Bernedoodle VS Goldendoodle

Bernedoodles and Goldendoodles are two of the most popular doodles one can ever have. So, if you’re torn between these curly-coated doods, we can’t blame you. After all, they’re both irresistibly cute and cuddly!

The most obvious difference between Bernedoodles and Goldendoodles are that the former is a mix between a Bernese Mountain Dog and a Poodle, while the latter is a mix between a Golden Retriever and a Poodle. Bernedoodles also tend to eat WAY more than a Goldendoodle, and cost about 3 times more as well.

Full of personality and with fascinating quirks, both the Bernedoodle and Goldendoodle are hands down one of the best hybrid pups in dogdom. Find out why these doodle doggies rock many canine lovers’ worlds, and you might just call yourself a proud owner of either one of these doodles one day!

16. Appearance: Coat Colors

Image from Instagram:@bymeghang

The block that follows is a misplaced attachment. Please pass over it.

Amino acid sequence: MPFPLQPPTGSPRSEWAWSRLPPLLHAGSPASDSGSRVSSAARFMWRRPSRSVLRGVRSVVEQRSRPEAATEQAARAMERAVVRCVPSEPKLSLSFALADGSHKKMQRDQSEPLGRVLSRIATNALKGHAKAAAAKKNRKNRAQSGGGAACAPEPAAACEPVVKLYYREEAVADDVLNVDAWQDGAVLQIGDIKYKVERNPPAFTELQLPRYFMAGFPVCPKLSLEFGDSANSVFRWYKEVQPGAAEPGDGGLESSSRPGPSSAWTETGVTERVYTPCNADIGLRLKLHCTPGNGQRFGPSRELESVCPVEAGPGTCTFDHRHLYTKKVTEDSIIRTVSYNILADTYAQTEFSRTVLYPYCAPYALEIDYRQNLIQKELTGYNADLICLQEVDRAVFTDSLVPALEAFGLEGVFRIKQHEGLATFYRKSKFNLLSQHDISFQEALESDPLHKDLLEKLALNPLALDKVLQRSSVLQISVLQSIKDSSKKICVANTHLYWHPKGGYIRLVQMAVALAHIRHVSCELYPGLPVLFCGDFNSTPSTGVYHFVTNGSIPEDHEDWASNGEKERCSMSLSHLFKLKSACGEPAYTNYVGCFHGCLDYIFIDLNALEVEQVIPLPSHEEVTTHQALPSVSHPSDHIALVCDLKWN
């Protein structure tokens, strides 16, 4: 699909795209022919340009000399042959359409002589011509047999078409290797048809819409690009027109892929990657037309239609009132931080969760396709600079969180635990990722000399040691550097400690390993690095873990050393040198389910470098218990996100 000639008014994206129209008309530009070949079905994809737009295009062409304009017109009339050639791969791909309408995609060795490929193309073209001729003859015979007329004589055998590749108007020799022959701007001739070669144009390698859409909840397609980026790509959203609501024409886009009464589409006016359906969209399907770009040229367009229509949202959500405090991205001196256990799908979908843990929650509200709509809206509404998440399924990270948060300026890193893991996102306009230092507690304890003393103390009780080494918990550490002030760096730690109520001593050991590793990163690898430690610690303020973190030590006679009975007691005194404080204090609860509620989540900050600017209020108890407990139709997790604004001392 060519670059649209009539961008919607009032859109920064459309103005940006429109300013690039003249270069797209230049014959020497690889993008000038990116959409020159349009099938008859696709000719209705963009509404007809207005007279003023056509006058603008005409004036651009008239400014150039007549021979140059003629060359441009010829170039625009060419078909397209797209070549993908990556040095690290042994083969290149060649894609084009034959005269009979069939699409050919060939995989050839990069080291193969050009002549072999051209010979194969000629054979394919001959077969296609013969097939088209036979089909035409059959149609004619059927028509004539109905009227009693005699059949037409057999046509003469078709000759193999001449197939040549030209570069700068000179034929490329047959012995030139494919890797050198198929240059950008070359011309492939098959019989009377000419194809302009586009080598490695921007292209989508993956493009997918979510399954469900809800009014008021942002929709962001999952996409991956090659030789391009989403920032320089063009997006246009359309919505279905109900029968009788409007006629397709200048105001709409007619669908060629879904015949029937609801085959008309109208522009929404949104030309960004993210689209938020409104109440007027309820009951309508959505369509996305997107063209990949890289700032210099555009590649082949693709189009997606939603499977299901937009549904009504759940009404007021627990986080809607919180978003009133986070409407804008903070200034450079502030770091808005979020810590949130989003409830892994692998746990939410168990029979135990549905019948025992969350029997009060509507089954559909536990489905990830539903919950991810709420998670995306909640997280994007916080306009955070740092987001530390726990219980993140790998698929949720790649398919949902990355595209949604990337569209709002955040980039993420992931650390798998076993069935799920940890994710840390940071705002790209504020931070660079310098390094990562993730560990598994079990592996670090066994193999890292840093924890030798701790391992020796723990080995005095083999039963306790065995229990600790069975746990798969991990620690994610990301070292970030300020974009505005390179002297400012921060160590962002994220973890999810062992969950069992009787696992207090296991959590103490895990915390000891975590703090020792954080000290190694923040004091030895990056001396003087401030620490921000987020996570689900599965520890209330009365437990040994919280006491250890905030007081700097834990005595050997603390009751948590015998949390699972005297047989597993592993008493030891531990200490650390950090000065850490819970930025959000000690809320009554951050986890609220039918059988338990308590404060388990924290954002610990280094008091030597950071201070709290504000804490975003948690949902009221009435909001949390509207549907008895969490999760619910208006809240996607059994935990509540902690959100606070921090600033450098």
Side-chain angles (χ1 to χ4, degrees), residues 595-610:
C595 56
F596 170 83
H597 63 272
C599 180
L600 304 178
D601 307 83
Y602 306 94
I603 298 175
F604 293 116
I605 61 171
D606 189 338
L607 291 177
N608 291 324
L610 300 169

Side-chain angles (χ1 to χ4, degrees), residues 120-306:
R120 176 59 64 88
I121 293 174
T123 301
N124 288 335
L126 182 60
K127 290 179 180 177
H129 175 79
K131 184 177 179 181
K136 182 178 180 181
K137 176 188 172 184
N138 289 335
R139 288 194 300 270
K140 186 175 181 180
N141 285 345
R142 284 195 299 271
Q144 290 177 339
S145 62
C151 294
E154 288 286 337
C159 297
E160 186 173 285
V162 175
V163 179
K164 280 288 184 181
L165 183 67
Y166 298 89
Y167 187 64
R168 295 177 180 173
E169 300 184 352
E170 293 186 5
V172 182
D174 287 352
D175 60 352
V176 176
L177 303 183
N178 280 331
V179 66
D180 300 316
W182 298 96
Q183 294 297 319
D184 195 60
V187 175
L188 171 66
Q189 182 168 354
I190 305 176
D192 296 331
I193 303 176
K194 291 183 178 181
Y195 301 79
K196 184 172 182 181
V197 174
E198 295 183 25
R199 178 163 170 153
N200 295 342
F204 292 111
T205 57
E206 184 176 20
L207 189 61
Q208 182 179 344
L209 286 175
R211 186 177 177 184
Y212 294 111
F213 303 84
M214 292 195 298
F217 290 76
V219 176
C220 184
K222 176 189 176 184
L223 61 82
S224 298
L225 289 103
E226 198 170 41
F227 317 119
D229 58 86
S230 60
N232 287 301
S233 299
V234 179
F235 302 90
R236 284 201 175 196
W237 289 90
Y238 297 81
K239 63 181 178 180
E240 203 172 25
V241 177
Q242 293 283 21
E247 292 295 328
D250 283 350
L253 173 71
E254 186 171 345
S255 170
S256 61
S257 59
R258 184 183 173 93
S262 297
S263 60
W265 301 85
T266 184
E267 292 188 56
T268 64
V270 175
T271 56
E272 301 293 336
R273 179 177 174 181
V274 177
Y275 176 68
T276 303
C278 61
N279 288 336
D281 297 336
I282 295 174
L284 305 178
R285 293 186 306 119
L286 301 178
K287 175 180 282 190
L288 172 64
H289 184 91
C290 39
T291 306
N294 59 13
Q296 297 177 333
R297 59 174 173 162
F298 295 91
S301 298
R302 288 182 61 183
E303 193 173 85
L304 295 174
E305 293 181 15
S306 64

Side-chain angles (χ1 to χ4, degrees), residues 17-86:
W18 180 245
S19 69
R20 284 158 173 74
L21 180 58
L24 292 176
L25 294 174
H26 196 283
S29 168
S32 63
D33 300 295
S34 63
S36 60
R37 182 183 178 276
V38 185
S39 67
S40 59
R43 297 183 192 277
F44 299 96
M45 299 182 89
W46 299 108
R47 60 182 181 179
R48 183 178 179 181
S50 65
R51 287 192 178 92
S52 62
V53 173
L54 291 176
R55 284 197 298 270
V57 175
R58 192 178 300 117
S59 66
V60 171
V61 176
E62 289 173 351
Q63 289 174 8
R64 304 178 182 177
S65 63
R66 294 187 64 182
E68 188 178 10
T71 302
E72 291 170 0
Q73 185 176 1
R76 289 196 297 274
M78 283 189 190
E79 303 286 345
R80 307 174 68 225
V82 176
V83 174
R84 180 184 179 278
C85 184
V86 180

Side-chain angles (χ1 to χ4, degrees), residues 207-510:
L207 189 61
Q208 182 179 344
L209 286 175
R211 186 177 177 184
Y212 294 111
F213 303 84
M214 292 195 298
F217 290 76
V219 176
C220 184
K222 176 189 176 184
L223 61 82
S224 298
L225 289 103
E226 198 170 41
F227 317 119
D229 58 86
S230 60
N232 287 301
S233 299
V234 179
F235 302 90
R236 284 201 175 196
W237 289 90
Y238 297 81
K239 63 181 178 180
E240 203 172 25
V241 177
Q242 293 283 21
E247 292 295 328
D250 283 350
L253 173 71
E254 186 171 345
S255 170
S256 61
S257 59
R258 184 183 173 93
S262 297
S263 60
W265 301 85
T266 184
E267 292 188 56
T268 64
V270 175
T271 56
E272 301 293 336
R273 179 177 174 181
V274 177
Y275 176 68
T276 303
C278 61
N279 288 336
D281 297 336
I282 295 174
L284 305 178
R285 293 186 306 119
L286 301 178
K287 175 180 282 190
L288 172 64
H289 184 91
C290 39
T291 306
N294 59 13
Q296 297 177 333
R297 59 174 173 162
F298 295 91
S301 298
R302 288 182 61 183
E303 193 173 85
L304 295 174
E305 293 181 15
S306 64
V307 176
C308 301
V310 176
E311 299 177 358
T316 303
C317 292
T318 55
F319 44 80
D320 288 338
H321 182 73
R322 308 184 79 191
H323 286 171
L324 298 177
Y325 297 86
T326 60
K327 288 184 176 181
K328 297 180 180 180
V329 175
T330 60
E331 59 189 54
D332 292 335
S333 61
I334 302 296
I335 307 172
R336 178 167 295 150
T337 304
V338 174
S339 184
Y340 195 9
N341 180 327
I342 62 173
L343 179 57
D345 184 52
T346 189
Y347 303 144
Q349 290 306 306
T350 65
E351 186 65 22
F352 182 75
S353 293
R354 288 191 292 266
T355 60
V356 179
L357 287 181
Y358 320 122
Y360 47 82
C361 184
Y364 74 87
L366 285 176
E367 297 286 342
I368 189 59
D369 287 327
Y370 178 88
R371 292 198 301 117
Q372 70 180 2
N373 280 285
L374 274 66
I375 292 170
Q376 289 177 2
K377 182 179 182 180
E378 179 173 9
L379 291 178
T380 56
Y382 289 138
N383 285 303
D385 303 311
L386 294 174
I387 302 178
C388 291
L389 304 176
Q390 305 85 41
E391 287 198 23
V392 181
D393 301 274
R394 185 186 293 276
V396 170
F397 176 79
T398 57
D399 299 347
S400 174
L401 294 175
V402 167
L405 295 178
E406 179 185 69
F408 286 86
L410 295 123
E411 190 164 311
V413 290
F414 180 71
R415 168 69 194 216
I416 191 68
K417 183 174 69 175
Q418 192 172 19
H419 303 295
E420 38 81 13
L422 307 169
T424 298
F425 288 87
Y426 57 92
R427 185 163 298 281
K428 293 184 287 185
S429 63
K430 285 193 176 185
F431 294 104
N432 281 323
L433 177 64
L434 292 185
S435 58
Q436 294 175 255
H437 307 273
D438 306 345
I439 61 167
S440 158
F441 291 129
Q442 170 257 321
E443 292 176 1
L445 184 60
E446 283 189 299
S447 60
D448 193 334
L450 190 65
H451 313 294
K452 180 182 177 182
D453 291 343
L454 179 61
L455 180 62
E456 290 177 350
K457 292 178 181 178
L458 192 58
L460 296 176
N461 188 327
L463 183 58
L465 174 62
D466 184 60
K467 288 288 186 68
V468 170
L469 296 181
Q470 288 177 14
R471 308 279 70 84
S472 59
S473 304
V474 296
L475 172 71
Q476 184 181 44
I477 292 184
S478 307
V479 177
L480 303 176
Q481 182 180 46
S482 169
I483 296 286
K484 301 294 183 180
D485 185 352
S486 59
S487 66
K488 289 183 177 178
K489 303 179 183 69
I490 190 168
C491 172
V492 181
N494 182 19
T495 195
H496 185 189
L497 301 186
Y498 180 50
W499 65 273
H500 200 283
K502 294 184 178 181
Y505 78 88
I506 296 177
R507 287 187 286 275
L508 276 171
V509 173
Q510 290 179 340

When it comes to color variety, Bernedoodles have more coat color options. They typically have a tricolor coat in shades of brown, white, and black while others can be a solid black or white. There are also broader color combinations.

Although Goldendoodles are usually golden-coated pups, they can also have other coat colors. Among their common colors are gray, cream, black, apricot, and red. But most Goldendoodles have the typical golden shimmer to their curly coats.

15. Diet

Image from Pet Plate

Bernedoodles love to eat, so they could use between 4 to 5 cups of food each day. They are also not picky eaters, and they can easily munch more than the recommended amount. So, it is best to monitor their meals to prevent them from becoming obese.

Goldendoodles require about 3 to 4 cups of dry kibble a day. Make sure you check for allergies and stick to high protein food that’s grain free and packed with prebiotics.

14. Appearance: Height

Image from Instagram:@fullmerdoodles

Just one glance at these two hybrid pups, and it’s easy to spot which one’s the smaller doggo. Bernedoodles are big fellows that can grow as tall as 25 inches at the shoulder. However, there are different varieties such as the mini, toy and standard. Still, Bernedoodles tower over Goldendoodles.

Since Goldendoodles are more compact, they do better as lap dogs or apartment pets. Their average height is 18 inches for the standard variety and can go as small as under a foot tall for the toy and a little over 12 inches for the mini version.